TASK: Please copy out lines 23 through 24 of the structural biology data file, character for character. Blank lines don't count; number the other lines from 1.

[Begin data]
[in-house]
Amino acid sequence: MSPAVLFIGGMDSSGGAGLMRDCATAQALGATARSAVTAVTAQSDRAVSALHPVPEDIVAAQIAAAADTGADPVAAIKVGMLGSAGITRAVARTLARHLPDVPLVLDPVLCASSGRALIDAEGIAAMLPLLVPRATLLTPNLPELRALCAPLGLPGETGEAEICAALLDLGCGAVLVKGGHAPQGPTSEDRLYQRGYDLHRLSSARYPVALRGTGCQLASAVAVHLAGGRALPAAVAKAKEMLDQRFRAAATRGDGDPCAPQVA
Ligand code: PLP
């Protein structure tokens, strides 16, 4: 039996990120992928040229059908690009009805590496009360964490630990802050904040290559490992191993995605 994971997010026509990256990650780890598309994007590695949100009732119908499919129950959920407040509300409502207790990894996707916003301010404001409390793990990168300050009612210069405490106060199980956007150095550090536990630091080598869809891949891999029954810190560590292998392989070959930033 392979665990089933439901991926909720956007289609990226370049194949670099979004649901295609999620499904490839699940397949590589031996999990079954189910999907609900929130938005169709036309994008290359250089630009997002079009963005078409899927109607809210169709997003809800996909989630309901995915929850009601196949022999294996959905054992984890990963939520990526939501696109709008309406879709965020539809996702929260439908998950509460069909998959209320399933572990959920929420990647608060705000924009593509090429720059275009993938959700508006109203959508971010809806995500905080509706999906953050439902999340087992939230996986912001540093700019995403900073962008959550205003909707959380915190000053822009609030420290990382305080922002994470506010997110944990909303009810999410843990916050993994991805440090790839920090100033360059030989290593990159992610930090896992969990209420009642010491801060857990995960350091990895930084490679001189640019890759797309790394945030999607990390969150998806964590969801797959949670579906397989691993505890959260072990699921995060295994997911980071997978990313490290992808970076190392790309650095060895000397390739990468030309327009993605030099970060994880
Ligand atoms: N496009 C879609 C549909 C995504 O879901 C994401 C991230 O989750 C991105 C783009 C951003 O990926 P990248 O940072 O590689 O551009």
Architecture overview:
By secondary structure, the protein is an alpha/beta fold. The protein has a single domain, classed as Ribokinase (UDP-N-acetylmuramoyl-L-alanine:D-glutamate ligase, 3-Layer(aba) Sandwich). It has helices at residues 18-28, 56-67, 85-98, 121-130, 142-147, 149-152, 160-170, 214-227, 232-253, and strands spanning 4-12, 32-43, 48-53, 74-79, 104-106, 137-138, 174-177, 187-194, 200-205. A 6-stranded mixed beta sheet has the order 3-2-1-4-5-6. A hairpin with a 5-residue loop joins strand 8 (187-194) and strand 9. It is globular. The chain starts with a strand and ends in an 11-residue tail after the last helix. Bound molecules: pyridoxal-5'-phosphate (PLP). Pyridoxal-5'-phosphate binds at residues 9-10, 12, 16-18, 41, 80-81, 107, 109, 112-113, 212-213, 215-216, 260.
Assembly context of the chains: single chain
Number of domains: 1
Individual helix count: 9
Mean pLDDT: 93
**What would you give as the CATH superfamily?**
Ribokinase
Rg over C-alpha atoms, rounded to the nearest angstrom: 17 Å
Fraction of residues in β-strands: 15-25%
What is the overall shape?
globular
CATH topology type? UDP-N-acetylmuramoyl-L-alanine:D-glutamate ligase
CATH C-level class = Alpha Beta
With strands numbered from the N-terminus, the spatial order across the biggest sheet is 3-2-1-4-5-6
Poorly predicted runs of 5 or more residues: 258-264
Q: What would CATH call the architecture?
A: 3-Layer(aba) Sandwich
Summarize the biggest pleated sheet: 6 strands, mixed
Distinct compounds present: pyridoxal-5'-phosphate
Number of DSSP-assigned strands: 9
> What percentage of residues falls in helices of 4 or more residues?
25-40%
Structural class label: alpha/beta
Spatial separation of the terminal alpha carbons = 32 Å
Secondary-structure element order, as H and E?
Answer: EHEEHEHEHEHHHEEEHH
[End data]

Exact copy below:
A: 3-Layer(aba) Sandwich
Summarize the biggest pleated sheet: 6 strands, mixed